The Choir, Bloodshot, (Galaxy21)
GRAMMY®-nominated indie rockers’ 17th studio album
The Choir continue to explore and reveal, whether crafting adventurous new sonic textures or shining a light into shadowy corners of the heart. With Bloodshot, the Nashville-based alternative rockers push at the borders of their spacefaring sound while uncovering intimate truths, compelling generations of fans to return and relate.
“We launched this album alongside the reissue of [1989’s] Wide Eyed Wonder,” says drummer and lyricist Steve Hindalong. “That album was about the innocence of a newborn baby. Contrast that with Bloodshot, which is about us in our 50s. We’re weathered and world-weary, and we’re certainly not innocent. But we still see beauty in life through bloodshot eyes.”
Hindalong continues a pattern of unflinching personal revelations through his lyrics, and Bloodshot collects perhaps his riskiest statements ever. The joyful highs and tearful lows of marital life have been chronicled in past songs like “Sentimental Song” and “Sad Face.” At Bloodshot’s core is a story of brokenness and rebuilding.
The 34-year marriage fans had glimpsed through the prism of Hindalong’s lyrics has ended, and the writer appraises emotional damage both inflicted and sustained. “Only Reasons,” “Birds, Bewildered,” and “House of Blues” speak to the unraveling of a relationship that both partners expected to weather all storms. At the songs’ root is a commitment to extend mercy to loved ones in turbulent times, and to rise from disappointment with grace and integrity.
“This record is the most bruising we’ve made,” says guitarist and singer Derri Daugherty, who had witnessed the tumult. “I knew how hurt he was and how hurt she was that they couldn’t make it work. Once Steve started sending me lyrics, I thought, ‘Wow, this is really going deep.’”
The band wrestled with inclusion of certain songs that were close to the bone, but ultimately clung to its devotion to honesty. “I couldn’t be in the room when Derri sang ‘House of Blues,’ but I don’t know what else to do other than write about what I’m feeling,” says Hindalong. “At some point, I said, ‘I’ll risk it. It’s true.’”
Despite its unmistakable shadow side, Bloodshot also offers light. Songs like “Summer Rain,” “We’ve Got the Moon,” and “Magic” point toward the buoyant optimism of new beginnings. Humor is evident as well. Hindalong takes lead vocal for “The Way You Always Are,” a comical but pointed pot-shot at a wayward brother.
Daugherty continues a lifelong exploration of sound. The ping-pong pulse of “Californians on Ice” recalls 80s trendsetters The Church. The band referenced Beck’s Morning Phase while recording “Bloodshot,” and Teenage Fanclub during “The Dizzy Wounded.” Other songs allude to the sparkle of Cocteau Twins, or the steady simplicity of Tom Petty. “Derri really brought his A-game,” says Hindalong, praising his old friend. “The Choir is about melodic guitars, and no one is better than him.”
Stately string arrangements by Sixpence None the Richer veteran Matt Slocum join Daugherty’s chiming guitars during “Birds, Bewildered,” suggesting the lush and clattering sound of Echo & the Bunnymen favorites like “The Killing Moon.” “I love how everyone came together on that song,” says Daugherty. “It’s a little bit like a ‘70s Gus Dudgeon production with Elton John, some ‘80s vibe like Echo, and something more modern and exotic like Sigur Rós.”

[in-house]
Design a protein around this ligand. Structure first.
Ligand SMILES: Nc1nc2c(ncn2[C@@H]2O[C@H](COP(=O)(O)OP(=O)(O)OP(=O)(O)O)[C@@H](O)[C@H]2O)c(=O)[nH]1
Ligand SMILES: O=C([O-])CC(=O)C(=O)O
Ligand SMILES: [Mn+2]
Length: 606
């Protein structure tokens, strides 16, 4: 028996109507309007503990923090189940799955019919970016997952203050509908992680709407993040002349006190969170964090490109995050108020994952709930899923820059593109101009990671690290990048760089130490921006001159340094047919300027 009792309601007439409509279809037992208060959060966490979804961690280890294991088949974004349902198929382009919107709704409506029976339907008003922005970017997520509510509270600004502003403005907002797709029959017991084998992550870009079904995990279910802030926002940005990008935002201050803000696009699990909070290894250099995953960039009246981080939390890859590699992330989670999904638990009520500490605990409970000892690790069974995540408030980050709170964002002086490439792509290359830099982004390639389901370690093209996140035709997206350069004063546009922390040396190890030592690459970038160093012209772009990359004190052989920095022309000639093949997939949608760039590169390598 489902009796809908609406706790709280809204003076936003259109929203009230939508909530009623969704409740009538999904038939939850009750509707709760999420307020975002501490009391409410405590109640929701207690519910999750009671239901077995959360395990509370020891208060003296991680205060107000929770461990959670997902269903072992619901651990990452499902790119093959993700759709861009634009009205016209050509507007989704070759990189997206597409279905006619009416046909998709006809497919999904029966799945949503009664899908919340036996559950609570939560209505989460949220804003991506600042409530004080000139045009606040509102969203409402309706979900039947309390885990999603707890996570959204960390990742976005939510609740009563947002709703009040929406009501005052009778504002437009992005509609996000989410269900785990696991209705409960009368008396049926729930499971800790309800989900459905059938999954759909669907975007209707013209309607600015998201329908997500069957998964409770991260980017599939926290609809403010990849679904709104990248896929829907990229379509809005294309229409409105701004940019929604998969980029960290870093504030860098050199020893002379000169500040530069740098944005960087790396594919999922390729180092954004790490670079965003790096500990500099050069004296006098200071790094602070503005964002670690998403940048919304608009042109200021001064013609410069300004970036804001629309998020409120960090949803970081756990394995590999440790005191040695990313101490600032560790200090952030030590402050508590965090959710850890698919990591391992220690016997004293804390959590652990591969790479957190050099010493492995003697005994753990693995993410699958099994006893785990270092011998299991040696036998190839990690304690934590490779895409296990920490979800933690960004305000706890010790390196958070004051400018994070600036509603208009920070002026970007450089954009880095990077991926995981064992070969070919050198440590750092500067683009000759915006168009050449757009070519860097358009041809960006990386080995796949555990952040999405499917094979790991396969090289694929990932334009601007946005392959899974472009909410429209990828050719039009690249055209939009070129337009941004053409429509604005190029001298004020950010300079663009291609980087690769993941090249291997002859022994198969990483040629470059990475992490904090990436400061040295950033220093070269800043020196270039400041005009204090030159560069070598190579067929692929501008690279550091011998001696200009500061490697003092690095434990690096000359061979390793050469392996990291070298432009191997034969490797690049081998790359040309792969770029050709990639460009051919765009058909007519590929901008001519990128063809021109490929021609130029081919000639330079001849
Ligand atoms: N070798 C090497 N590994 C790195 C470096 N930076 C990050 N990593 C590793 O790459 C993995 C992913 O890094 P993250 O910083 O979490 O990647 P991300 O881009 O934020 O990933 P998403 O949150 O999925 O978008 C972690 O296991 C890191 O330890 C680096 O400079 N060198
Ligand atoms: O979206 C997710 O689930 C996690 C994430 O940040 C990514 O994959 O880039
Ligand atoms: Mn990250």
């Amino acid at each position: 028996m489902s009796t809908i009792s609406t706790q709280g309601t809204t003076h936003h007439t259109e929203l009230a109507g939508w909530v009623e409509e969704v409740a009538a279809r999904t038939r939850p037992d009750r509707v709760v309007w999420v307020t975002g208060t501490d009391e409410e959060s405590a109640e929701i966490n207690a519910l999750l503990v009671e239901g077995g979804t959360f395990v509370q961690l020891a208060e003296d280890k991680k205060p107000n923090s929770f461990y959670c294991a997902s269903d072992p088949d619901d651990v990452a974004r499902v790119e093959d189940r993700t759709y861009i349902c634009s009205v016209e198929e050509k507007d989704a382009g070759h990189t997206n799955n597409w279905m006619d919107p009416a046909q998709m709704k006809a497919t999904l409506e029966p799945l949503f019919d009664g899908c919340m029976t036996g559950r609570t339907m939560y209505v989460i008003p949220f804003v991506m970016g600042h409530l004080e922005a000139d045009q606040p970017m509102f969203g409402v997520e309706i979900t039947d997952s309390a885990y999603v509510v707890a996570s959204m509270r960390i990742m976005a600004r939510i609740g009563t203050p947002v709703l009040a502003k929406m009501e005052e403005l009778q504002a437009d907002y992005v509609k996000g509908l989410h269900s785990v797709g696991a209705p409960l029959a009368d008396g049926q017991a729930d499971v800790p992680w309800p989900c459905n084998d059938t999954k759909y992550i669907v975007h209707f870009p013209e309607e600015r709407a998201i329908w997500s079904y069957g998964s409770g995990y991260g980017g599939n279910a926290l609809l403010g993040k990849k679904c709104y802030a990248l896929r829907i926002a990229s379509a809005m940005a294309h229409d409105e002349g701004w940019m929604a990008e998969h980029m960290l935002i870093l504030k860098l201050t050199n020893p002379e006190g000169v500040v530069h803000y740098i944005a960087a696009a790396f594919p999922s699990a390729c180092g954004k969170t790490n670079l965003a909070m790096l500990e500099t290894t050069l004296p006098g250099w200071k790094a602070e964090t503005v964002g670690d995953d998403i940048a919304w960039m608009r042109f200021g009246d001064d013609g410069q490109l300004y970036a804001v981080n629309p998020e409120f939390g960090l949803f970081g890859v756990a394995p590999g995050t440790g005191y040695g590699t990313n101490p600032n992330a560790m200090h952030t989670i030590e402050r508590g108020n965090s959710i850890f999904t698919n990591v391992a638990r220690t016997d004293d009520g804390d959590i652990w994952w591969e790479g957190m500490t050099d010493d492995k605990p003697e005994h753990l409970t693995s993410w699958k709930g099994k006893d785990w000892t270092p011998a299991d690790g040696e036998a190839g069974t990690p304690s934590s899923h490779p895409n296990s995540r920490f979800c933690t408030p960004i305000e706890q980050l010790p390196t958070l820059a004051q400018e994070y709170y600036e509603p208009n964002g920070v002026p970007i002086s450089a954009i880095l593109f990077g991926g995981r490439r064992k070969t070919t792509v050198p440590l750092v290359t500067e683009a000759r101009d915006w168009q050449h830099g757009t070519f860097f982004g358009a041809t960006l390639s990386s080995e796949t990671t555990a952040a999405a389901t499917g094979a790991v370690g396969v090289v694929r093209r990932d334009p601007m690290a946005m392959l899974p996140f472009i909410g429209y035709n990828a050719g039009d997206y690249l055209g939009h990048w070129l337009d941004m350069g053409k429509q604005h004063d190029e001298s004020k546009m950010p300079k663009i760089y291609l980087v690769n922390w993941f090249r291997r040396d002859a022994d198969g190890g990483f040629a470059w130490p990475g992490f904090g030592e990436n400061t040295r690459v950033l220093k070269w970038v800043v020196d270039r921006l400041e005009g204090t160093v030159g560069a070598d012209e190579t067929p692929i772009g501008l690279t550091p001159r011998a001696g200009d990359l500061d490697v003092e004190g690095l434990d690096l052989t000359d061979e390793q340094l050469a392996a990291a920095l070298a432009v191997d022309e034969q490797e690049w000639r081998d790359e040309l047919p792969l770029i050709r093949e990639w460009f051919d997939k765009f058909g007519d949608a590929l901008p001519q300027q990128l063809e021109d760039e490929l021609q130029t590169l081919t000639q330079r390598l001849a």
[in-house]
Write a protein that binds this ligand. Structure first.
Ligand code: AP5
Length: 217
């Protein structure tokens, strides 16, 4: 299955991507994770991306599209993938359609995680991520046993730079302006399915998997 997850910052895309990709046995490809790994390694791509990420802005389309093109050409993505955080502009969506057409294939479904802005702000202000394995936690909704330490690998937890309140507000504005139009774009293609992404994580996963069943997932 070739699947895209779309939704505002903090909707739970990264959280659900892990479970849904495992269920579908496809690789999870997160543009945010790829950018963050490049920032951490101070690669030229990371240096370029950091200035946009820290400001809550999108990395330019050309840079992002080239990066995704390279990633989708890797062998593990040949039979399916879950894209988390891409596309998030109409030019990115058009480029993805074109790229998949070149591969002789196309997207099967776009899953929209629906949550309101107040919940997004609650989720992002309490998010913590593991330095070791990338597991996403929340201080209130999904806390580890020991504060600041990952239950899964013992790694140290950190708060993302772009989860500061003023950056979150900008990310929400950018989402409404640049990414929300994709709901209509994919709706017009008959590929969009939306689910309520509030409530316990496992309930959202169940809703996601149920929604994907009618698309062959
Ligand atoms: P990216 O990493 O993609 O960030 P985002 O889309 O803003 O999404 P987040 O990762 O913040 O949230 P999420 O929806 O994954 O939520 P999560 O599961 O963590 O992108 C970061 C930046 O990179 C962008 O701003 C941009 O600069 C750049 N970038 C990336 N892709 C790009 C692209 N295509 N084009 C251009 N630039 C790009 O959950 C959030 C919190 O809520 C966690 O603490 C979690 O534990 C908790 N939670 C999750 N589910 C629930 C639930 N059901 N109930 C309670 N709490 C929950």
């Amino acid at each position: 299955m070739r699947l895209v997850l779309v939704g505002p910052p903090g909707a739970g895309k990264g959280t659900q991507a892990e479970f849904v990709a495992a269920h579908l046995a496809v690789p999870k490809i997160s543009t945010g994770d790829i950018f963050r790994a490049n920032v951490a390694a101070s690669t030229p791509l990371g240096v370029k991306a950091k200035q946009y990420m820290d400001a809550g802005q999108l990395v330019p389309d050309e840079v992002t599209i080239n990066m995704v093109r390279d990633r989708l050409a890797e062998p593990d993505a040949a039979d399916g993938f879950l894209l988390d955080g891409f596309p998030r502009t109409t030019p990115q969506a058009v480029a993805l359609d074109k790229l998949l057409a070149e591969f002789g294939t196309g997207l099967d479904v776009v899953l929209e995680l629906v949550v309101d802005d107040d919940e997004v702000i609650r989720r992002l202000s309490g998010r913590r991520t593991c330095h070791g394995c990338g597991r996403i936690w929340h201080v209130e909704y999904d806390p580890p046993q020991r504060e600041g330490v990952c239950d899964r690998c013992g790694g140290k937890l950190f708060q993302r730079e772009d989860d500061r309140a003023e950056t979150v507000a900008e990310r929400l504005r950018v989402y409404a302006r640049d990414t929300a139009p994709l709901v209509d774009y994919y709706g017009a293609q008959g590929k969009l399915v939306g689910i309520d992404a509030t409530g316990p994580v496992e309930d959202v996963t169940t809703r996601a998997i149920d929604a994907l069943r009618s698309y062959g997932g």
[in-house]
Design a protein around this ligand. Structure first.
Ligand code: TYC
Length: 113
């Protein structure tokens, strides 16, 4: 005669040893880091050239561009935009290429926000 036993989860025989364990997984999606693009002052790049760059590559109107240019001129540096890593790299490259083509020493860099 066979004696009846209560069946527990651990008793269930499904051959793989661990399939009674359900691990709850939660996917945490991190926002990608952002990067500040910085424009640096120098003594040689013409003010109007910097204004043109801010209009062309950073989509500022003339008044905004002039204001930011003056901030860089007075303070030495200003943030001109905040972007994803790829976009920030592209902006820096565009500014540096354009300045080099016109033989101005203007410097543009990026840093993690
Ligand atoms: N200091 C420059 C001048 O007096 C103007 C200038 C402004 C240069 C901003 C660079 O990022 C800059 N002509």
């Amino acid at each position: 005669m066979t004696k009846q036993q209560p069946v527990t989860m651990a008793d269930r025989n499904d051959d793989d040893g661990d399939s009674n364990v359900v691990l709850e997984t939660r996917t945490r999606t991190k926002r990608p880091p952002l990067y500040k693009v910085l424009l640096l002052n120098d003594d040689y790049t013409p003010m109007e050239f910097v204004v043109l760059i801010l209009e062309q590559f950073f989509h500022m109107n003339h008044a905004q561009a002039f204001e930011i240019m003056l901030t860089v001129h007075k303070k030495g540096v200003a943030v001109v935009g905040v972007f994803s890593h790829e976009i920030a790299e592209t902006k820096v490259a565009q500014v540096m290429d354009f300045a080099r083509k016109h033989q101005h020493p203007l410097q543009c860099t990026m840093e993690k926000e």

Daugherty’s clear tenor remains captivating and sweet. His supple vocal takes flight on key track “The Time Has Come.” The singer nods to Beatle George Harrison’s Abbey Road masterpiece “Here Comes the Sun.” The song itself finds the Choir at its evocative best, describing fractured spirits reaching for redemption. Cinematic and spirit-centered imagery are given life by one of Daugherty’s finest performances. “That’s a spectacular vocal,” says Hindalong. “He really got inside the song and felt those things. ‘Mercy on you, mercy on me,’ has been our message all along. That song is a summation of our career, and Derri made it shine.”
Veteran Choir bassist Tim Chandler continues to anchor the band as mad foil to Hindalong’s perfectly skewed fills and rhythms. Chandler’s convention-bucking arrangements meet at the intersection of the Who’s unfettered fury, the Beatles’ melodicism, and XTC’s craft and finesse.
The sonic identity of the Choir is heightened by reeds player Dan Michaels. His tenor saxophone on songs like “Only Reasons” traces to new wave heroes Psychedelic Furs, while the baritone sax on “Californians on Ice” points toward groundbreaking ‘90s trio Morphine. Michaels distinguishes his own influential presence on the lyricon, an electronic wind controller used to create spacious synthesizer textures on “The Dizzy Wounded.”
When asked what sets the Choir apart, Michaels describes an intense and symbiotic relationship with its audience. “Ultimately, we cast our net deeper than wide,” he says. Support extends beyond buying albums and tickets. While making Bloodshot, the Choir broke the fourth wall to allow eight fans to actually perform on the album. “It’s a testament to mutual trust with our fans that we can bring them this closely into our process,” says Michaels, proudly. “They were really good contributions, too,” says Hindalong. “It was risky, but successful.”
The band has kept a busy schedule of touring and side projects. Since the release of 2014’s Shadow Weaver, the Choir has toured North America three times and traveled through Europe. Hindalong released his solo album The Warbler in 2016, and Daugherty releases The Color of Dreams in June. Both records stoked the creative fires that produced Bloodshot, and the Choir is eager to travel with its new songs this year.
– Jeff Elbel, May 13, 2018